Many workplace challenges arise when people indulge in a “but we always do it this way” mentality. The Marshmallow Challenge helps teams confront assumptions.
In this game, teams have a set period of time to create a free-standing structure from 20 sticks of spaghetti, a marshmallow, a yard of tape, and a yard of string.
The trick is, marshmallows seem light but are actually quite heavy (compared to spaghetti).
Observe your team members in this “aha moment”; recount this discovery after the game and ask them to approach your project without assumptions.
9) Non-Verbal Communication Skills: Blind Line-Up
Not all of us use words; many people speak without speaking.
For highly-verbal people, listening to others is quite challenging; simultaneously listening and picking up non-verbal cues can be highly difficult.
Give the talkers in your group a new experience with this fast and fun team-building game.
Give each person in your group a number (1,2,3, etc.). Don’t let people share their numbers verbally or with hand signals. Through body language alone, your employees must communicate effectively and line up according to their numbers.
When the game is over (it’s useful to play a few quick rounds of this game), ask your talkers how it felt to “speak” and “listen” with their eyes – not their ears.
Ask the non-talkers how it felt to use their native communication skills.
This problem-solving strategy can open up unprecedented levels of communication between vastly different personality types.
Bring your team back to the problem at hand and ask them to watch each other closely while listening – and gain an extra layer of communication from non-verbal cues.
10) Advanced Problem-Solving Strategies: Delegate and Separate
Some of your team members work best on their own. Delegate a task (or a subset of a solution) to each of these people and watch them soar.
Give them the opportunity to present their ideas verbally in an upcoming meeting.
Independent thinkers love to be on stage!
Other employees don’t contribute when the most dominant team members get on a roll.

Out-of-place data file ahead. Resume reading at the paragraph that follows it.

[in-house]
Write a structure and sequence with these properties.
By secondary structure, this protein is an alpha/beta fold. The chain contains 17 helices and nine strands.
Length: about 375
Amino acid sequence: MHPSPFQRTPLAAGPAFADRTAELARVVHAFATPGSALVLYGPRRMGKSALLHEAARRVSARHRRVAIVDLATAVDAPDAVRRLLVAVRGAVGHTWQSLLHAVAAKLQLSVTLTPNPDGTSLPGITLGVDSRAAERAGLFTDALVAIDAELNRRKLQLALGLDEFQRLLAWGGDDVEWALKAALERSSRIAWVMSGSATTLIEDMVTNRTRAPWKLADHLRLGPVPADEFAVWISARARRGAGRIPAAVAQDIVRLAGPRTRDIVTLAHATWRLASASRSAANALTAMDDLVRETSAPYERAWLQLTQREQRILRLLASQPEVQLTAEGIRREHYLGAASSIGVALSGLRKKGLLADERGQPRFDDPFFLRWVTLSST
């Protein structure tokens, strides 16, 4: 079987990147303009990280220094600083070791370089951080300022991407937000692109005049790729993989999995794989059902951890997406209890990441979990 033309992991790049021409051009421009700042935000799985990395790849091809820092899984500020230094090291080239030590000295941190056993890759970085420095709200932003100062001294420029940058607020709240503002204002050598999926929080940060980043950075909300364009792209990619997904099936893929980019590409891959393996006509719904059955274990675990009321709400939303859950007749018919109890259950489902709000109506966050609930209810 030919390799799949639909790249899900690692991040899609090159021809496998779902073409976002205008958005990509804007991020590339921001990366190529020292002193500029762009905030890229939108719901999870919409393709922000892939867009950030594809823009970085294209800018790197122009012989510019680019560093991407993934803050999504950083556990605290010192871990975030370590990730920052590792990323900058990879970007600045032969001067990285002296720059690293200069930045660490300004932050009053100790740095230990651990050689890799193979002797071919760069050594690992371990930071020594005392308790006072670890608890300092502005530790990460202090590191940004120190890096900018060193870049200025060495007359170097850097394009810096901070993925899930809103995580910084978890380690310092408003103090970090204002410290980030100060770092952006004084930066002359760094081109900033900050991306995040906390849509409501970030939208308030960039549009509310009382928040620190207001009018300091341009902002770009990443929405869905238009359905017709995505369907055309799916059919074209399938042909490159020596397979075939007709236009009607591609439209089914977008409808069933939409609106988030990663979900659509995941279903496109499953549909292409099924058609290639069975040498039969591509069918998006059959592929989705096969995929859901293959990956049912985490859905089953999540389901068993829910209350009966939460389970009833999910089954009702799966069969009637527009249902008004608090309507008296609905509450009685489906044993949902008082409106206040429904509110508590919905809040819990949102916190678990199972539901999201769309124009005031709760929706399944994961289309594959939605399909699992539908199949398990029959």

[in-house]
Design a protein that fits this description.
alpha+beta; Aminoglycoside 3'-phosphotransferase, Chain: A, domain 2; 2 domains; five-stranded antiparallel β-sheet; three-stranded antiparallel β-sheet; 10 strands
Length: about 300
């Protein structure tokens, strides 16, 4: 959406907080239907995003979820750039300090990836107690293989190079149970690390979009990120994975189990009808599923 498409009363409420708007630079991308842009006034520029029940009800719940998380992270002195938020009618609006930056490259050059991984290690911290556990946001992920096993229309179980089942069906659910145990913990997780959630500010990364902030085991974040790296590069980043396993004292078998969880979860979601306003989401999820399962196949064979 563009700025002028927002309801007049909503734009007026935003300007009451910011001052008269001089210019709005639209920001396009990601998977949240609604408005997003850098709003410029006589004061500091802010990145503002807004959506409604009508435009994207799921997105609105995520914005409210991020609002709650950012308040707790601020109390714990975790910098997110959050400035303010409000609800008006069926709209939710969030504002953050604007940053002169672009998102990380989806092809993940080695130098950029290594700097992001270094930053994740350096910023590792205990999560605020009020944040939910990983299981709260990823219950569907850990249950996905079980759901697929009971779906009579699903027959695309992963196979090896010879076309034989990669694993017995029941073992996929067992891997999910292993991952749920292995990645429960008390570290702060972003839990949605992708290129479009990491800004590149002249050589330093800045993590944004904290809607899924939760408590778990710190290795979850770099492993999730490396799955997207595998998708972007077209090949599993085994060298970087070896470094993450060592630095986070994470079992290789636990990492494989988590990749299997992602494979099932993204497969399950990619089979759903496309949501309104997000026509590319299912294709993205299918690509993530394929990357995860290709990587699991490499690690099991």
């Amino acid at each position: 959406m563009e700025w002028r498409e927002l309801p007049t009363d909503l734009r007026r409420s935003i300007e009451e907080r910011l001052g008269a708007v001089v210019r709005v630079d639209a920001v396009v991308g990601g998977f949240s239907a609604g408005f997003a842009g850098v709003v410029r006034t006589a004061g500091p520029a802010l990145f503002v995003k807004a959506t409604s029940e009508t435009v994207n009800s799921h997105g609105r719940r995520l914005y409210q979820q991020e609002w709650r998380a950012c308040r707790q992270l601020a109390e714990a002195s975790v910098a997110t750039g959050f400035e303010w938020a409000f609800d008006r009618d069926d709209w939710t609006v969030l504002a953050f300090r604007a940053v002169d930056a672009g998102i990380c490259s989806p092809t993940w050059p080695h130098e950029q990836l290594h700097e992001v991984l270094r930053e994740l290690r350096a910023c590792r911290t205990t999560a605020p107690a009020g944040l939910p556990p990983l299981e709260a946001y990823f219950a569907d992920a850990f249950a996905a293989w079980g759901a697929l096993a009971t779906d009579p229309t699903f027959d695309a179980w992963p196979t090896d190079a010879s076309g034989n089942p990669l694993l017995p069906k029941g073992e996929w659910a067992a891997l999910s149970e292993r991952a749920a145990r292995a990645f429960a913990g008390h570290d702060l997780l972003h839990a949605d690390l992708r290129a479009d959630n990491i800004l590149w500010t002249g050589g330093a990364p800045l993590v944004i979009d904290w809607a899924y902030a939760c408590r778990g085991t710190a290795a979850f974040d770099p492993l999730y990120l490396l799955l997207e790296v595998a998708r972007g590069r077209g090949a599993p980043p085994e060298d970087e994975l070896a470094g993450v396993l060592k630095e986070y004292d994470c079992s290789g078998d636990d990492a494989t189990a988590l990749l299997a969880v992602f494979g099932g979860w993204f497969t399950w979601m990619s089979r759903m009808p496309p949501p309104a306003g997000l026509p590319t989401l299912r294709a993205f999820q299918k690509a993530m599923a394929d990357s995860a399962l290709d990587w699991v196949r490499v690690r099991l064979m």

To encourage shy folks to chip in, put them in groups of two or three. Ask them to work on a subset of your team’s challenge and write up a solution.
Without the pressure of having to verbally present their ideas (and get a word in edgewise), these “unsung heroes” can provide massive value.
11) Advanced Problem-Solving Strategies: Divide and Conquer
Instead of wallowing in a complex (and interlocking) problem, separate the problem into individual issues.
For example, say you’re a project manager who inherits an existing team (as a project manager) with a number of unresolved interpersonal dramas.
Please, don’t drag everyone into a meeting and tell them to hash out their differences. Work with individual conflicts, two people at a time.
If you’re tasked with optimizing an inefficient system, identify all the issues, sub-issues, and root causes of your vague overall challenge: a general lack of productivity.
12) Advanced Problem-Solving Strategies: Go to Extremes
When teasing out root causes and the logistical implications of potential solutions, examine both ends of the spectrum.
For example, if you’re considering the effects of humidity on a manufacturing plant, look at what happens under very wet and very dry conditions.
If you’re trying to balance team member workloads, determine the effects of extremely low and high production schedules.
Once you get enough data (and personal perspectives) from all angles of a problem (even extreme ones), you can narrow your focus in on the core issue.
Nothing takes your brainstorming team “out of the box” like going to extremes.
13) Advanced Problem-Solving Strategies: Engage Your Senses
If your team can’t seem to crack the problem-solving process, have them express the problem in new ways.
Have them draw the problem on your white board, role-play as the various components of a system, or teach the concept to someone with no experience in the area.
To see your blind spots and identify optimal solutions, you need a broad and unique perspective. Develop your team’s trust level and encourage shy people to speak up.
Your best solution could be in the mind of that team member who speaks awkwardly (or not at all). As a team leader/project manager, your role is to draw the very best from all your people!
The Bottom Line
Ultimately, you will find the solution to your current dilemma; these problem-solving strategies will see you through.
Have faith in your team, build their trust in each other, and facilitate open communication.
And remember, when you get over this hurdle, take a moment to log it (or put a picture of the solution on the wall of your meeting-room wall).
By tracking and celebrating your progress—and development as a team—you can foster a workplace attitude that says, “Bring it on – we can solve any problem!”